The 'Laddering Tool’ is one of the leading investment cases for the ETF range, giving investors the flexibility to match their client’s portfolios to their needs.

“Advisers will use these ETFs to roll their clients up the yield curve,” Pybus said. “A lot of what we have seen in the US is the laddering concept, where they will pick specific points on the curve and actively manage their clients' portfolios using iBonds to access slices of the corporate bond market.”

He added investors are using the products to match liabilities as they can be assured the bonds will give in income over the set period of time. “It could be your children's university tuition which you know is going to be due in five years,” Pybus said.

Ben Seager-Scott, head of multi-asset funds at Evelyn Partners, agrees, adding they could be very useful tools for those portfolios that are managing outcomes in a life-styling approach.

Furthermore, he said wealth clients have also shown interest in using them as “portfolio building blocks, another tool in the toolkit” while also a low-cost option for fee-based advisers, a market he believes is growing in Europe.

It is also worth noting BlackRock launched an iBonds ETF in 2015 for an institutional client which reached maturity in 2018, but “did not see the appeal from broader wealth markets” in bringing a suite to the market.

The investor view

ETF investors in Europe have broadly welcomed BlackRock’s new range with many describing the fixed income space on the continent as “ripe for innovation”.

James McManus, CIO at Nutmeg, said the ETFs will widen the asset allocators' toolbox and should be attractive to investors.

“These strategies marry the many benefits of ETFs – easy access to diversification chief among them – with the prospect of a fixed maturity structure,” he continued.

“For those using single bond assets to target fixed income curve exposure, or for liability matching, the diversified nature of these products and on-exchange pricing should be attractive.”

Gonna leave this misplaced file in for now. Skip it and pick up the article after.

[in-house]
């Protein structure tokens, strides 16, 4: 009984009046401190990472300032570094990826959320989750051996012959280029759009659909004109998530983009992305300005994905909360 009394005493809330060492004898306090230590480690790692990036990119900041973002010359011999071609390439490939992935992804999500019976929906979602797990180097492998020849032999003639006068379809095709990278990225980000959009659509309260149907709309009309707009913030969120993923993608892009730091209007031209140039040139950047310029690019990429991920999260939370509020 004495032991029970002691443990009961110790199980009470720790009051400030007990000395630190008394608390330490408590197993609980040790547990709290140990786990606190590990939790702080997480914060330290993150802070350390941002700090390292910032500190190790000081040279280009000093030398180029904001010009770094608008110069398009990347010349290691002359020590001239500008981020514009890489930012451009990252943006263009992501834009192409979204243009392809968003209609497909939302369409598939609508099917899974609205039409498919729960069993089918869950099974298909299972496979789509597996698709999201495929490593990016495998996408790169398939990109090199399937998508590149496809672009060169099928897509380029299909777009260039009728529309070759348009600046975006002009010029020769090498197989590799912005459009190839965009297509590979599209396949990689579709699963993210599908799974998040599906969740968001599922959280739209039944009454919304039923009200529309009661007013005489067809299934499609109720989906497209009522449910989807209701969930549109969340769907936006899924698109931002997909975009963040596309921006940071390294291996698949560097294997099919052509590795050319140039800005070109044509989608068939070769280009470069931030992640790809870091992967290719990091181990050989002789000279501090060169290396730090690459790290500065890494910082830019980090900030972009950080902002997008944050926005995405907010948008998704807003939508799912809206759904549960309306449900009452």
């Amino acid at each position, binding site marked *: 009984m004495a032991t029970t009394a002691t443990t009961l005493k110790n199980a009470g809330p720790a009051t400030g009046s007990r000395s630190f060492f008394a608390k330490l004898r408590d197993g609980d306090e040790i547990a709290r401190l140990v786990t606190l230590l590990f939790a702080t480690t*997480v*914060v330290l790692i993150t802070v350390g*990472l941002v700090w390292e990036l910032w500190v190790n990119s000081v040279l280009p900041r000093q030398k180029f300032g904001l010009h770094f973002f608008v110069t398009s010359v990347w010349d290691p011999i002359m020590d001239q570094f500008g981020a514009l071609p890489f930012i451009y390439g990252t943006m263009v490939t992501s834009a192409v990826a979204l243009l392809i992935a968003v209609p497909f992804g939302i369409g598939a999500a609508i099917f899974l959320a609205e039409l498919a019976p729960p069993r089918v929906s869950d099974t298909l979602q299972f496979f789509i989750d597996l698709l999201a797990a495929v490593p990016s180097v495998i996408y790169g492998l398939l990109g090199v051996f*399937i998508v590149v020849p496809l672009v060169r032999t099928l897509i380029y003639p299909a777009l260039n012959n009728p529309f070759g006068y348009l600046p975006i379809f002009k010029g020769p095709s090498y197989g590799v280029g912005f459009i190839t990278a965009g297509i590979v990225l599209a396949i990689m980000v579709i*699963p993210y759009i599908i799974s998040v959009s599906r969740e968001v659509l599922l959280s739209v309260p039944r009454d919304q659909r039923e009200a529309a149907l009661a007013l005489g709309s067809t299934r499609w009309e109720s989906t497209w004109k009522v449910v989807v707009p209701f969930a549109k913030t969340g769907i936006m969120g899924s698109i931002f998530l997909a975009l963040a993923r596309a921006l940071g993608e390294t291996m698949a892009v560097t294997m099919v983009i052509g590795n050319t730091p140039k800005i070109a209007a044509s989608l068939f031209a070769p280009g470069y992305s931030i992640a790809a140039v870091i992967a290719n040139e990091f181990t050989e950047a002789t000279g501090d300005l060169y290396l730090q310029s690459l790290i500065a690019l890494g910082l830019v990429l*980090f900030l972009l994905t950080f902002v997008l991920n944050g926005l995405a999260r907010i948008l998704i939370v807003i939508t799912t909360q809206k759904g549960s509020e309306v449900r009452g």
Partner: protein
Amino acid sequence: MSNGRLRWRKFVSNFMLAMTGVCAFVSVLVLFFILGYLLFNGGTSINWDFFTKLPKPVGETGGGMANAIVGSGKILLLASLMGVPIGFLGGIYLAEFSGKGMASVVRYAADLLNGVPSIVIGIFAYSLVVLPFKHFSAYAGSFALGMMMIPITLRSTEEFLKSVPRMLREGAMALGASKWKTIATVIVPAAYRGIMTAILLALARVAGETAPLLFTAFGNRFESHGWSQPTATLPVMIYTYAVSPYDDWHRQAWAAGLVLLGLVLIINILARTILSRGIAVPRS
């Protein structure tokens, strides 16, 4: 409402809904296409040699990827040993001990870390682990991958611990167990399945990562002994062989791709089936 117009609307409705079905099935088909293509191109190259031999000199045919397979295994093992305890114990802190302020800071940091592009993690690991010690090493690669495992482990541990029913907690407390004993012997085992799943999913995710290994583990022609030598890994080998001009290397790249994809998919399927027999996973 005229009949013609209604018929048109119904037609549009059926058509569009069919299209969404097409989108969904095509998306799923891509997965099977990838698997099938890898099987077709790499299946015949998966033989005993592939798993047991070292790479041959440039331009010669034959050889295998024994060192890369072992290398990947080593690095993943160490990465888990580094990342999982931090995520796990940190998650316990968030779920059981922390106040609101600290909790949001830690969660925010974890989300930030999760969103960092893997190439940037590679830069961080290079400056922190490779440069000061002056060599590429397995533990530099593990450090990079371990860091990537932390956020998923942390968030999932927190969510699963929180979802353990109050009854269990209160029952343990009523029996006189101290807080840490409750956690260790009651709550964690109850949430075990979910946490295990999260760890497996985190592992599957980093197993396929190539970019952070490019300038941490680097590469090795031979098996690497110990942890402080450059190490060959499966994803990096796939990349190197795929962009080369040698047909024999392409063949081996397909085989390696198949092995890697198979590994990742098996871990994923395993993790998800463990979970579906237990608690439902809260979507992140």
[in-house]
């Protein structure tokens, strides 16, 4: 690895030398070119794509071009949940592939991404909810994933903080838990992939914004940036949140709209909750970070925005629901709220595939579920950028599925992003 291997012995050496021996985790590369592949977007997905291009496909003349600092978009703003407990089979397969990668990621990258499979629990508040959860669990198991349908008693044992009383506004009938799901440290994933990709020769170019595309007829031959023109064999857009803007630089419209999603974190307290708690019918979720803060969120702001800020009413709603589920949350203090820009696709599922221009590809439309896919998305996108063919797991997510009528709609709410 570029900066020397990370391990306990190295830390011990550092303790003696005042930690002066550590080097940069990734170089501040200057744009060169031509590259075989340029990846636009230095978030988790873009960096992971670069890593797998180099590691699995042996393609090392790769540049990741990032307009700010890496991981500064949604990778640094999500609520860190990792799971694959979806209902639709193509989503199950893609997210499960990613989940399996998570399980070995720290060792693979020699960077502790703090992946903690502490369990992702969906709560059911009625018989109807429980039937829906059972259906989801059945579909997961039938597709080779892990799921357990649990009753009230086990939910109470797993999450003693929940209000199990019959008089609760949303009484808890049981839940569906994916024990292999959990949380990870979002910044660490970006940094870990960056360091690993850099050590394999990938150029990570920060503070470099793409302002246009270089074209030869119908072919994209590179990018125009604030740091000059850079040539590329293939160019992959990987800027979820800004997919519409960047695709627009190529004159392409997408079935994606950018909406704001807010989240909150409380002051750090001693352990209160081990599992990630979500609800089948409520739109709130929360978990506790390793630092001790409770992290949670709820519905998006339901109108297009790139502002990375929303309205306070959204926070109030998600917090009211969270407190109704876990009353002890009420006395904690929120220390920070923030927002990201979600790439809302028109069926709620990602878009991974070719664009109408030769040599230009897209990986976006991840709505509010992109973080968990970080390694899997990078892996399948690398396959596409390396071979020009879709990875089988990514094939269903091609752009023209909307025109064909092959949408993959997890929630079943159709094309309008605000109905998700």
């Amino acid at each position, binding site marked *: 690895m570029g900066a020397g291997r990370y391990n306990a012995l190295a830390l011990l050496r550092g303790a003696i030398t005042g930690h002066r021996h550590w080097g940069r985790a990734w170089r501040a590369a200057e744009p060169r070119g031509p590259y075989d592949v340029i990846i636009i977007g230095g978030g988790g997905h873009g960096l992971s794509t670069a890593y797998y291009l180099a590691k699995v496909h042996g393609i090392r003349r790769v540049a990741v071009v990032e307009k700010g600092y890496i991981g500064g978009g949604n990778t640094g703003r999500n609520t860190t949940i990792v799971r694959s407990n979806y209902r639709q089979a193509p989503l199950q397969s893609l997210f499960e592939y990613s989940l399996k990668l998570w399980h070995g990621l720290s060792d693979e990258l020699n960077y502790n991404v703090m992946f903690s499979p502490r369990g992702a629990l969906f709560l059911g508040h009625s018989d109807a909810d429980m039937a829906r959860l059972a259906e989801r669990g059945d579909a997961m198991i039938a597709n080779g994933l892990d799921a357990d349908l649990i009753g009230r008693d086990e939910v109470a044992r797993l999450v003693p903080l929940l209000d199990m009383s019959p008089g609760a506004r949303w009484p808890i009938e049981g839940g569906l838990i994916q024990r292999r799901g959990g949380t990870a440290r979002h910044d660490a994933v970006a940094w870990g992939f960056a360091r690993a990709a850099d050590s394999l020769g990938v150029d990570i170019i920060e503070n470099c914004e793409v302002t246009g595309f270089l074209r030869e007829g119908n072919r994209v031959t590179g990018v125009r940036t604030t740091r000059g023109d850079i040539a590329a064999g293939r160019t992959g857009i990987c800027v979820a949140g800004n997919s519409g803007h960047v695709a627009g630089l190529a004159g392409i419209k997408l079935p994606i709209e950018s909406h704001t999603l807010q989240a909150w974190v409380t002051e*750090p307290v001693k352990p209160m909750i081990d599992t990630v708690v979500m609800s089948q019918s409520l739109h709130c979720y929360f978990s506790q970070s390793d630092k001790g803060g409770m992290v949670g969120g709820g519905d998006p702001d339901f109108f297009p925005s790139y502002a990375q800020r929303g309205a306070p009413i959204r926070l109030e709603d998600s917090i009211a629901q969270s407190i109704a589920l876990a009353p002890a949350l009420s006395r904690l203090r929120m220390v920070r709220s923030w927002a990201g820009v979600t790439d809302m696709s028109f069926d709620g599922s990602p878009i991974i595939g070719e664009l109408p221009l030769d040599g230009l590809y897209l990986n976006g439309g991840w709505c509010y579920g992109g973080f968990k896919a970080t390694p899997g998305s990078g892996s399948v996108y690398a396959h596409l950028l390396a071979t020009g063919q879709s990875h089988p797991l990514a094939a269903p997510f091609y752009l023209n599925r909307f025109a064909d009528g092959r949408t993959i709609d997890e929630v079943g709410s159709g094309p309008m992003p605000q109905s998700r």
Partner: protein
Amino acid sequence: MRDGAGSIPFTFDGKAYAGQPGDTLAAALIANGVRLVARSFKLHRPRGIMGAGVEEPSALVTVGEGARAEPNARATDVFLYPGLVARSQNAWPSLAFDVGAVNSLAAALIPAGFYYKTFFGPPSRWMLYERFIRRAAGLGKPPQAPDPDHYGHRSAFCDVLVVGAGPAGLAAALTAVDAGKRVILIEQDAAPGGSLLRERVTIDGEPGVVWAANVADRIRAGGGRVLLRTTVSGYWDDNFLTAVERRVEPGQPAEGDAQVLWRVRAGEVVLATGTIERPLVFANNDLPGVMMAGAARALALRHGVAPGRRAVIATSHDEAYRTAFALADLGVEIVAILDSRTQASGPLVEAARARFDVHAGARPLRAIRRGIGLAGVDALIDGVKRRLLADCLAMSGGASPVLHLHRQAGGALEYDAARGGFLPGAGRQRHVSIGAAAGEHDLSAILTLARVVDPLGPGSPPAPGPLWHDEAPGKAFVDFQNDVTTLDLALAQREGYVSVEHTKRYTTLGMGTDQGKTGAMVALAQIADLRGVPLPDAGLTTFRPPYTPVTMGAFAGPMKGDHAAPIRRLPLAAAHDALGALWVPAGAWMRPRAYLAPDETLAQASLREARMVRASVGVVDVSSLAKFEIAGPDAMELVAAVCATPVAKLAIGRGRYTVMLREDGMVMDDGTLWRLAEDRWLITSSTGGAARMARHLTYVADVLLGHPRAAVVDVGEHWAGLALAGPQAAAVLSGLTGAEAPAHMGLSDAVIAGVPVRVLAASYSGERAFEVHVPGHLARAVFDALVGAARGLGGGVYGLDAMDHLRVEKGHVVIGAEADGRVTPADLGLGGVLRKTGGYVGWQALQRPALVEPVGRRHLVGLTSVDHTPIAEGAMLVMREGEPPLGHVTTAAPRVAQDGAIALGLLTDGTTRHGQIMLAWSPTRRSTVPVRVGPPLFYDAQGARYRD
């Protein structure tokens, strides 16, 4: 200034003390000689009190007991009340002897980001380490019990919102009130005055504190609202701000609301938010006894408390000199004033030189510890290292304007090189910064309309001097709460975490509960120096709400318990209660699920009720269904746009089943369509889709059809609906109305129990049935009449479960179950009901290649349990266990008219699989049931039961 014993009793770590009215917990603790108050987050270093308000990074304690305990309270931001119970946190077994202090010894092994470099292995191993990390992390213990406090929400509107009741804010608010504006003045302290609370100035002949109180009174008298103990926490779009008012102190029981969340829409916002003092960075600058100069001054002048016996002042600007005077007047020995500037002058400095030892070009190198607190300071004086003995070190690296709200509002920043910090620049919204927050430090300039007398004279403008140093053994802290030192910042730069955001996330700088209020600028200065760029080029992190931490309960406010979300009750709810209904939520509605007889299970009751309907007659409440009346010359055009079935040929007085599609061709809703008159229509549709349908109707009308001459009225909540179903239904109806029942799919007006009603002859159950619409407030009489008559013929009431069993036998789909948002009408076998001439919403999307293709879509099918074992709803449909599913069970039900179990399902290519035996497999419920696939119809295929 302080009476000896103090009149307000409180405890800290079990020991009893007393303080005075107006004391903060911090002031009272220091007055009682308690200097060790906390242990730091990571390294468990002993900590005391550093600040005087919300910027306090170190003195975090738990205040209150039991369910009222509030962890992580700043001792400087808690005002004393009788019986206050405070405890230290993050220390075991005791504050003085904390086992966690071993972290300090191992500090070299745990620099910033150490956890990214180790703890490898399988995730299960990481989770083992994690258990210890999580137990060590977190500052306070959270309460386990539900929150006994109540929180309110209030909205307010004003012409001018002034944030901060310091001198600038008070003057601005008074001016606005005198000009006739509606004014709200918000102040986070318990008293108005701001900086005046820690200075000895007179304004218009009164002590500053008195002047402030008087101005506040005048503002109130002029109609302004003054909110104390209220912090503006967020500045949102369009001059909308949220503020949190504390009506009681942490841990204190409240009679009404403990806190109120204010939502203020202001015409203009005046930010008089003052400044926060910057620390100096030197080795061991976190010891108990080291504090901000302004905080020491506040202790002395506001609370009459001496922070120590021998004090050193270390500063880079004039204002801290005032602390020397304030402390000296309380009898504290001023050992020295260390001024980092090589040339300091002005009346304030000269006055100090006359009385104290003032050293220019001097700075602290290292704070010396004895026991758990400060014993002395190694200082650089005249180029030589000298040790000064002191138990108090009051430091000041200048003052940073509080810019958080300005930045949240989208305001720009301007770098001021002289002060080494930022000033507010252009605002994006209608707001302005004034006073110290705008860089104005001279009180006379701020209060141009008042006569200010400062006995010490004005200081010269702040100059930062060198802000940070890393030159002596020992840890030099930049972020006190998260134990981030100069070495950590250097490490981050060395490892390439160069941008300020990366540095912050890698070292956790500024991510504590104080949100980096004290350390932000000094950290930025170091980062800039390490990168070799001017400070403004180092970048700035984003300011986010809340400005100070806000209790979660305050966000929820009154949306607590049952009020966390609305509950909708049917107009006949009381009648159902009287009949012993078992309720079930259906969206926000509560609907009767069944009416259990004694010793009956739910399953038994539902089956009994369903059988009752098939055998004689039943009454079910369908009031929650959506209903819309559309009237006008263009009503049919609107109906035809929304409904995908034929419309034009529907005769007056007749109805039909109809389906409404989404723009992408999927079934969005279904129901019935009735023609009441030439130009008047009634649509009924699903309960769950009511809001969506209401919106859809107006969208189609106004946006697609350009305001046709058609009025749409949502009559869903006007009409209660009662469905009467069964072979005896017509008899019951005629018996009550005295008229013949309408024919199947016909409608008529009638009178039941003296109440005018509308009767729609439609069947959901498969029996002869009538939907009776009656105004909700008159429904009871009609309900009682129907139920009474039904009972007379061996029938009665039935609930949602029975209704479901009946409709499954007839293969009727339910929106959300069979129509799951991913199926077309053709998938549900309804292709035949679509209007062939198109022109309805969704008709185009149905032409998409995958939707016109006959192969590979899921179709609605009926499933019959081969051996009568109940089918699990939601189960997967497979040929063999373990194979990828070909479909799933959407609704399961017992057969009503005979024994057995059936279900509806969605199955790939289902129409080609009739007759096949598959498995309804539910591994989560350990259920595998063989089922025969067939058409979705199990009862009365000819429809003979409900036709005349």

However, he questioned whether investors would hold the strategies until maturity with the proceeds held in cash equivalents as the underlying bonds mature.

While the rotation into sovereigns as the bonds mature does limit the cash drag, McManus said this would transform the ETFs from corporate bonds to money market or government bonds, which could affect investors' asset allocation.

Pybus told ETF Stream between 5-25% of clients in the US redeem ahead of the final year of maturity.

“The behaviour from clients is that you tend to see inflows at inception or early in the product’s life cycle, then it tends to be fairly stable,” Pybus said. “Between 5-25% of clients have then redeemed ahead of the final year of maturity, you are not locked in.”

Echoing his thoughts, Abdelhakim El Attar, multi-asset portfolio manager at Eres Gestion, added the challenge will be “managing the subscription and redemptions” of the ETFs but said it was an “interesting innovation” for the ETF space.

Meanwhile, Stephen Kemper, chief investment strategist for Germany at BNP Paribas Wealth Management, said the range, with a total expense ratio of (TER) 0.12%, offers an “interesting solution for cost-sensitive clients who wish to harvest the currently attractive yields for an extended period of time”.

Pybus added: “As fixed income becomes a bigger part of investors' portfolios, we see this as bringing innovation to the market and giving investors a different way to gain that exposure.”